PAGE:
CHESAPEAKE, Va. (WAVY) – Gladys Schuster Carter was a trailblazer for Black military women.

During women’s history month, members of the Greater Hampton Roads chapter of the National Association of Black Military Women (NABMW) continue to honor her life and legacy.

Carter was a member of the 6888th Central Postal Directory Battalion, nicknamed ‘Six Triple Eight.’ The unit was the first and only Black Women’s Army Corps. to go overseas during the war.

“Mrs. Gladys cannot be forgotten. She was part of that unit and I think the people into the area need to know she was part of that unit, military as well as civilians need to know the contributions she made to our country,” said Angela Taylor, Co-founder of Greater Hampton Roads NABMW. “I will never forget her as long as I live. She had such an impact on me. That now I can go out and do advocacy for veterans.”

Carter and over 850 black women worked hard to make sure massive amounts of backlogged mail made it to soldiers in combat. 

The overflowing warehouses were stacked with letters and packages for anxiously awaiting soldiers. Three separate eight-hour shifts, seven days a week, would ensure they worked around the clock to deliver the mail. Their motto, “no mail, low morale” would guide them. Their task was not easy. Any “undeliverable” mail was routed into their hands. They diligently tracked service members with their seven million information cards to determine who and where each piece of mail should go to.”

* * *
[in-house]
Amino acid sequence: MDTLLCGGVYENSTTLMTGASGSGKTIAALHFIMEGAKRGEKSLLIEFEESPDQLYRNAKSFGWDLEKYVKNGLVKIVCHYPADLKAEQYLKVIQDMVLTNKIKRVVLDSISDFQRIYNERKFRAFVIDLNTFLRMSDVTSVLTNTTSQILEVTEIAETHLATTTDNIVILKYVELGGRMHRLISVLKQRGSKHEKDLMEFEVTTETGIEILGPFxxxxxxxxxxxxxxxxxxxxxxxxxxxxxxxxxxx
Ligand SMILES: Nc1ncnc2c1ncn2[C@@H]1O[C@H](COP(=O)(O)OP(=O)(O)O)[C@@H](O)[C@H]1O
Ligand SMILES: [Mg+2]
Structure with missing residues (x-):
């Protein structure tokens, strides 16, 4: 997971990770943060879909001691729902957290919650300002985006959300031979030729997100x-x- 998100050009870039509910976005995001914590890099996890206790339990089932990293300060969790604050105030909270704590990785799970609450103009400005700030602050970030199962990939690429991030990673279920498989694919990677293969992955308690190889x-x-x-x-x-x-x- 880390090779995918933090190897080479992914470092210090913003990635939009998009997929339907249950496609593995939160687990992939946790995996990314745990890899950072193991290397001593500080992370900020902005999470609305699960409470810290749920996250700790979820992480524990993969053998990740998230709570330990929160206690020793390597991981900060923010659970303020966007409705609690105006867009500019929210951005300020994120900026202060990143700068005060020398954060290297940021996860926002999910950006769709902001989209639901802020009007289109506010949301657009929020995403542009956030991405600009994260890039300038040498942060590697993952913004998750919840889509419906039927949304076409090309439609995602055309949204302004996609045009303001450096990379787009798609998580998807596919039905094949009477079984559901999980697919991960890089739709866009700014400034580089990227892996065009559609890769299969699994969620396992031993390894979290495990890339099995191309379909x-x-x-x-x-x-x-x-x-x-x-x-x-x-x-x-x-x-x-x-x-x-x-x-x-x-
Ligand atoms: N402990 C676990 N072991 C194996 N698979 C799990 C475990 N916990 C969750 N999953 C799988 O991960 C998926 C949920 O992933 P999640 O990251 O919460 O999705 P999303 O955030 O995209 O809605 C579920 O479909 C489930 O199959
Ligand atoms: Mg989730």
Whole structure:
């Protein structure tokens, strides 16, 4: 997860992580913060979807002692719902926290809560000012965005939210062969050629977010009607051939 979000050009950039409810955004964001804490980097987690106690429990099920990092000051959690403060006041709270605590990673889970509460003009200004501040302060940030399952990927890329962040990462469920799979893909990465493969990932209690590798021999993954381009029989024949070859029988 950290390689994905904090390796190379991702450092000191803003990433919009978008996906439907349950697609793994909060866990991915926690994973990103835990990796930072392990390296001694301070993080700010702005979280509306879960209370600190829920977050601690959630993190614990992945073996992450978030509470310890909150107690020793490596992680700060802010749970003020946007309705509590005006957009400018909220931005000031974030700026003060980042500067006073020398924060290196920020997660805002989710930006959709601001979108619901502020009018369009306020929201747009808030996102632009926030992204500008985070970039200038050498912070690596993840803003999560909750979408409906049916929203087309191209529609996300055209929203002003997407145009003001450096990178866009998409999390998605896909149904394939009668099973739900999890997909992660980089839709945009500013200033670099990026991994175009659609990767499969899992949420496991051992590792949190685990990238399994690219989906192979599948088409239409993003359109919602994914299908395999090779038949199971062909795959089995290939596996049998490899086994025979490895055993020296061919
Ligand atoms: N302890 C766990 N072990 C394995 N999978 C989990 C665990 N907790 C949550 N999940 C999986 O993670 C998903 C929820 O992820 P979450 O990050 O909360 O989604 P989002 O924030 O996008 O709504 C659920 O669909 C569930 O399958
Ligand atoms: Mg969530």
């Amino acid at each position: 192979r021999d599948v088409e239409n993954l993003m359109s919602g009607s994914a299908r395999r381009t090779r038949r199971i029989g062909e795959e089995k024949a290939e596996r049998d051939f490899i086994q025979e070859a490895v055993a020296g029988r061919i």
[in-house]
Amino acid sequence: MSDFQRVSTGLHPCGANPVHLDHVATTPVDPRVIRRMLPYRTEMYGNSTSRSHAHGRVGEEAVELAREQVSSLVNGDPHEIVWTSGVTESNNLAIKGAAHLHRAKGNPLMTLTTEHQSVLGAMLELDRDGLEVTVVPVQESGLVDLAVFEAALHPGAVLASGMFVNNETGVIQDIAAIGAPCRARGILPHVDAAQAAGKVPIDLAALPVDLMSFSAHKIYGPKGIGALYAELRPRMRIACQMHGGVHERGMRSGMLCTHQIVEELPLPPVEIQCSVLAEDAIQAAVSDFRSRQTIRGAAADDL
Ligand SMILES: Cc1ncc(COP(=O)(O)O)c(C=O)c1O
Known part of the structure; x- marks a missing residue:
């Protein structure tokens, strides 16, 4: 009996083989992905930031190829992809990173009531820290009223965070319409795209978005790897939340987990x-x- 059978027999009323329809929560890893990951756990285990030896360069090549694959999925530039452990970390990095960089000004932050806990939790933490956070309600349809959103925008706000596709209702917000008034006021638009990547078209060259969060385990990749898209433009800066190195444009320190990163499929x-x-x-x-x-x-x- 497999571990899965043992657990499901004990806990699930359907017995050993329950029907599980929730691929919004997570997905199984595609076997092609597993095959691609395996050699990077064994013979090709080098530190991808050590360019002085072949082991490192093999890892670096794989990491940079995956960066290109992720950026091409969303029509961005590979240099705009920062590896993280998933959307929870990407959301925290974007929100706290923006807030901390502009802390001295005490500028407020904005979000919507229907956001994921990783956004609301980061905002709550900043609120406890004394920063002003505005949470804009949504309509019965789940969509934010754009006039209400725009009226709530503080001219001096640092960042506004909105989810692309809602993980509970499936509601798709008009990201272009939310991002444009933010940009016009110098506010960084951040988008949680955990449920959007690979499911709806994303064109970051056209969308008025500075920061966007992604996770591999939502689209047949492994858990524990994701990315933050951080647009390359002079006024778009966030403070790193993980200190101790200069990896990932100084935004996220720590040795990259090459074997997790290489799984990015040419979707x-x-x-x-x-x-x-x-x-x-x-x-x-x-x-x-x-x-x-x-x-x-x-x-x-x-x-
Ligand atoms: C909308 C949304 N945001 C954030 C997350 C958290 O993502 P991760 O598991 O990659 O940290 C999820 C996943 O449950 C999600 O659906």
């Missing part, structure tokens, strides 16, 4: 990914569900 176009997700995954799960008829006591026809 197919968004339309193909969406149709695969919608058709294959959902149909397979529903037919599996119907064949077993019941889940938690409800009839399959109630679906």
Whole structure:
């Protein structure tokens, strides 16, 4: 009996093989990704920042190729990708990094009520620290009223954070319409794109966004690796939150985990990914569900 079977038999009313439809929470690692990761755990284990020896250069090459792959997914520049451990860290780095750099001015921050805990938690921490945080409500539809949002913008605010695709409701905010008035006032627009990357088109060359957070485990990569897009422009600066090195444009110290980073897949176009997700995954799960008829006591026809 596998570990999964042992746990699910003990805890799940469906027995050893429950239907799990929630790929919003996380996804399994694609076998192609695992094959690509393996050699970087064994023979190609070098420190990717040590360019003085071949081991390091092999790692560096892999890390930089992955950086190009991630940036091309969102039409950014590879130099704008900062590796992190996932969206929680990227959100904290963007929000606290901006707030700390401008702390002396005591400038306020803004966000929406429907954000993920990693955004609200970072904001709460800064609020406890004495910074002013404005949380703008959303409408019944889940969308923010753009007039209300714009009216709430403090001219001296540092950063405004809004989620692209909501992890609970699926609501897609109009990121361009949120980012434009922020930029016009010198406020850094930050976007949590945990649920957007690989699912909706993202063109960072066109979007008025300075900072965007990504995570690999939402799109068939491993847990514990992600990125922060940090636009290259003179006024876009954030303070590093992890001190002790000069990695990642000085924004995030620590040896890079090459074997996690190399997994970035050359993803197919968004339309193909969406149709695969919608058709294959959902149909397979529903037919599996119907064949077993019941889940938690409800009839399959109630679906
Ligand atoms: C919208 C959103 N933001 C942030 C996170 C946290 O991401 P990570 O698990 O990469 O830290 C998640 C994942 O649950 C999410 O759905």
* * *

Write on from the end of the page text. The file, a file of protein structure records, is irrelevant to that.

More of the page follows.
-According to the National Archive

“People look forward to their mail when they are in the service. You look forward to mail call. That loved ones were thinking about you and praying for you, “said Taylor, a retired Army Staff Sergeant.

Tyler Perry movie will honor the 6888th Central Postal Battalion in the coming months. In a tweet, the filmmaker writes “To honor the long ignored worth of the 6888 has been the greatest privilege of my career thus far.”

“They didn’t just make a path for us,” said Marcia Pitt-Ridgill, former president of Greater Hampton Roads NABMW. “They dredged a path for us, and you know it was 10 times as hard as it is today,”

After two years of service, Carter earned her bachelors and masters from Virginia State University. She helped create the National Association of Black Military Women and the Greater Hampton Roads chapter of National Association of Black Military Women. The group acknowledges, connects and empowers black service women.

“The military was so much of a man’s world, to have a woman speak out and say we’re going to tell our part meant a whole lot to me because back then, you didn’t have no voice,” Taylor said. “You didn’t have no voice in the 70’s when I went. She was the epitome of what I needed to speak. My voice wasn’t lost anymore because it was for 22 years, it was lost.”

Ahead of her passing in 2009, Carter shared a message with 10 On Your Side during a Black History Month ceremony.

“The women that went in, both were white and black, really paved the way for women’s military today,” Carter said.

“She worked for that,” said Margaret Bage-Greer, a member of Greater Hampton Roads NABMW. “She worked for this, for us, for this and to stop it isn’t fair. It’s not fair to her and to everyone else that is going to come up behind us.”

To continue her legacy, the Greater Hampton Roads chapter of NABMW hopes to recruit a new wave of members. Click here if you would like to join the NABMW – Greater Hampton Roads Virginia (GHRV) group.